General Motors announced today that it will spend $246 million on manufacturing electric motors for its hybrid vehicles–but not for its Volt extended-range electric vehicle, also called a plug-in hybrid. The move echoes its decision to build its own battery packs. Traditionally the company has focused on developing what it sees as core technologies–such as engines–in-house. Now the company is saying that batteries, electric motors, and the electronics that control them, are all core technologies going forward.
In a conference call for reporters yesterday,Tom Stephens, GM’s vice chairman for global product operations, bemoaned the lack of attention that’s been paid to electric motors. Instead, most of the attention for hybrids and electric vehicles has been focused on the battery.
But the focus on the battery actually makes sense. It’s the most expensive part of an electric car, and there’s a lot of room for improving it in terms of both cost and energy storage. In contrast, when it comes to a key metric for electric motors–efficiency–there’s not much room for improvement. Efficiencies are already in the mid 90 percent range for many electric motors, with this percentage increasing by only 2 to 3 points in last 15 years. What’s more, high-performance electric motors aren’t nearly as expensive as batteries. They cost less than engines, whereas batteries can cost twice as much–or more.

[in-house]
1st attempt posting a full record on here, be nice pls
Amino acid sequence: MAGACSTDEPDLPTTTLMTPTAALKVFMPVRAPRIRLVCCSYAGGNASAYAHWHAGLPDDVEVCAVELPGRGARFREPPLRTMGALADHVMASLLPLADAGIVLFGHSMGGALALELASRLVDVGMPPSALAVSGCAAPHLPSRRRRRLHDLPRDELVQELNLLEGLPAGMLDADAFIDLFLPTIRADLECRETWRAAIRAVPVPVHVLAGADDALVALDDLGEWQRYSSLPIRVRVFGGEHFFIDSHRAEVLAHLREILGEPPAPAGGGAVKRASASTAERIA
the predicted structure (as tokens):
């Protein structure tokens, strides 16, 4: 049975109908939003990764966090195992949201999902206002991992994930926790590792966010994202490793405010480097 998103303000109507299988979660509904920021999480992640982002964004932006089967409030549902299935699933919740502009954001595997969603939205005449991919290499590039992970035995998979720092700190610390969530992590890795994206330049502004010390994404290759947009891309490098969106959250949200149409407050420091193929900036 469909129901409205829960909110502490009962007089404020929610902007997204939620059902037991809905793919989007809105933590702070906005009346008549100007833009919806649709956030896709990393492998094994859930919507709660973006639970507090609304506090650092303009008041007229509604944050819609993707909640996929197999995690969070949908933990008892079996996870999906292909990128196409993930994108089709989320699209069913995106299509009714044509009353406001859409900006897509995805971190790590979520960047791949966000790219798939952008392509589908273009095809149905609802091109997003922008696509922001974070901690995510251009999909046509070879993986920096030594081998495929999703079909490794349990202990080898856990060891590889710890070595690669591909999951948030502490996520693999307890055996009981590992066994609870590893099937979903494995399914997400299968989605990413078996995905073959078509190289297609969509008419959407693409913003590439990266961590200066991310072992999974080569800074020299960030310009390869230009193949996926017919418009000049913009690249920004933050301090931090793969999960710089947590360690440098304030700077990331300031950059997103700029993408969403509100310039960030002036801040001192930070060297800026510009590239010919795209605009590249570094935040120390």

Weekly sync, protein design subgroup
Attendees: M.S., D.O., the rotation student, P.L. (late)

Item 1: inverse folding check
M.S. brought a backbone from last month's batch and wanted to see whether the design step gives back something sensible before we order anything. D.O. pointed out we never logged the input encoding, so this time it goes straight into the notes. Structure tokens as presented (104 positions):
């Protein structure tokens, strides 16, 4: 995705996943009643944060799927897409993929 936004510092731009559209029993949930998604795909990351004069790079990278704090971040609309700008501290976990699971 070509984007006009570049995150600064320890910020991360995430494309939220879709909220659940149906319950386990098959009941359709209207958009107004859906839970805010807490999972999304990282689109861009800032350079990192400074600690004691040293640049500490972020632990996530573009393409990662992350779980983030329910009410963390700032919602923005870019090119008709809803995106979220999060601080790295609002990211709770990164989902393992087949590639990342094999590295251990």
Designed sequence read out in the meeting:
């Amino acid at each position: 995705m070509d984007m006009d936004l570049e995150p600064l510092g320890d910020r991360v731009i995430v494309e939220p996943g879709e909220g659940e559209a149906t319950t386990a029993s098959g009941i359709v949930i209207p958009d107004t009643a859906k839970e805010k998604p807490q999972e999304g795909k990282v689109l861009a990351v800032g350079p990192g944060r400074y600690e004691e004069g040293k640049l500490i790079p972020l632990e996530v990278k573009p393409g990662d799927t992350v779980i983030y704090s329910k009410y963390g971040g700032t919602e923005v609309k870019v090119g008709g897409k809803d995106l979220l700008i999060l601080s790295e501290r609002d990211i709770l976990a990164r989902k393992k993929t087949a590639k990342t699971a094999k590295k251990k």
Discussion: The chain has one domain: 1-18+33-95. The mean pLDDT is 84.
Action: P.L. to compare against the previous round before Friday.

One key place for improvement is power density, says Pete Savagian, GM’s engineering director for hybrid and electric architecture and electric motors. The company’s new motors will be 25 percent smaller. Packing more power into a smaller space makes more room for the battery, transmission, and so on, making it easier to design electric vehicles and hybrids.
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